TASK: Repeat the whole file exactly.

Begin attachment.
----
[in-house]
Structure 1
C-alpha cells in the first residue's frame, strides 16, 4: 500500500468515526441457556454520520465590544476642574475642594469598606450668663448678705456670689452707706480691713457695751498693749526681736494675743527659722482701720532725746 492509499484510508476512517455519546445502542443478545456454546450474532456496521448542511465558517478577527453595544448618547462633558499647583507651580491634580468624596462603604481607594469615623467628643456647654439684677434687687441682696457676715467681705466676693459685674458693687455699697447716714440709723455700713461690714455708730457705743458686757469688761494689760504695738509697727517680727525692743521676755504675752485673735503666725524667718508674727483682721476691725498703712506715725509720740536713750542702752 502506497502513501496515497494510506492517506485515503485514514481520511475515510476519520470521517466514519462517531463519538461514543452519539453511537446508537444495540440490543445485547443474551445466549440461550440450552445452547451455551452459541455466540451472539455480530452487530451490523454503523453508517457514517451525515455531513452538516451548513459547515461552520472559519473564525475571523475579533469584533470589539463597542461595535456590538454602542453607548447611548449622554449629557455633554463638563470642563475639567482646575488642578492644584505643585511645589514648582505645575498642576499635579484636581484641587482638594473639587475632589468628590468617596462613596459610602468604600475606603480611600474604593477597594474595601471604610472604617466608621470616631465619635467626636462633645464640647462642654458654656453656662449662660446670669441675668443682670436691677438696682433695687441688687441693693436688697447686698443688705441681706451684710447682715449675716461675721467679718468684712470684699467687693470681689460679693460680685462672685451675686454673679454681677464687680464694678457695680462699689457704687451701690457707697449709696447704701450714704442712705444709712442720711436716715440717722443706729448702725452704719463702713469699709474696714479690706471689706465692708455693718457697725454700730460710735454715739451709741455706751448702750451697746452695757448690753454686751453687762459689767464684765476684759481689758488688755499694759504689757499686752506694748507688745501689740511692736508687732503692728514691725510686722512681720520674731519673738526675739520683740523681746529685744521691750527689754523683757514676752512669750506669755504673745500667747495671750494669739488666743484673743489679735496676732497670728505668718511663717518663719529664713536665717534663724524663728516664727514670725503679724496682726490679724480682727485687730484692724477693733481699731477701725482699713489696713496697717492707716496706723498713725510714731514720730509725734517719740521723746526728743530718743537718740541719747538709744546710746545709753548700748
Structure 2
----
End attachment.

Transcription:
[in-house]
Structure 1
C-alpha cells in the first residue's frame, strides 16, 4: 500500500468515526441457556454520520465590544476642574475642594469598606450668663448678705456670689452707706480691713457695751498693749526681736494675743527659722482701720532725746 492509499484510508476512517455519546445502542443478545456454546450474532456496521448542511465558517478577527453595544448618547462633558499647583507651580491634580468624596462603604481607594469615623467628643456647654439684677434687687441682696457676715467681705466676693459685674458693687455699697447716714440709723455700713461690714455708730457705743458686757469688761494689760504695738509697727517680727525692743521676755504675752485673735503666725524667718508674727483682721476691725498703712506715725509720740536713750542702752 502506497502513501496515497494510506492517506485515503485514514481520511475515510476519520470521517466514519462517531463519538461514543452519539453511537446508537444495540440490543445485547443474551445466549440461550440450552445452547451455551452459541455466540451472539455480530452487530451490523454503523453508517457514517451525515455531513452538516451548513459547515461552520472559519473564525475571523475579533469584533470589539463597542461595535456590538454602542453607548447611548449622554449629557455633554463638563470642563475639567482646575488642578492644584505643585511645589514648582505645575498642576499635579484636581484641587482638594473639587475632589468628590468617596462613596459610602468604600475606603480611600474604593477597594474595601471604610472604617466608621470616631465619635467626636462633645464640647462642654458654656453656662449662660446670669441675668443682670436691677438696682433695687441688687441693693436688697447686698443688705441681706451684710447682715449675716461675721467679718468684712470684699467687693470681689460679693460680685462672685451675686454673679454681677464687680464694678457695680462699689457704687451701690457707697449709696447704701450714704442712705444709712442720711436716715440717722443706729448702725452704719463702713469699709474696714479690706471689706465692708455693718457697725454700730460710735454715739451709741455706751448702750451697746452695757448690753454686751453687762459689767464684765476684759481689758488688755499694759504689757499686752506694748507688745501689740511692736508687732503692728514691725510686722512681720520674731519673738526675739520683740523681746529685744521691750527689754523683757514676752512669750506669755504673745500667747495671750494669739488666743484673743489679735496676732497670728505668718511663717518663719529664713536665717534663724524663728516664727514670725503679724496682726490679724480682727485687730484692724477693733481699731477701725482699713489696713496697717492707716496706723498713725510714731514720730509725734517719740521723746526728743530718743537718740541719747538709744546710746545709753548700748
Structure 2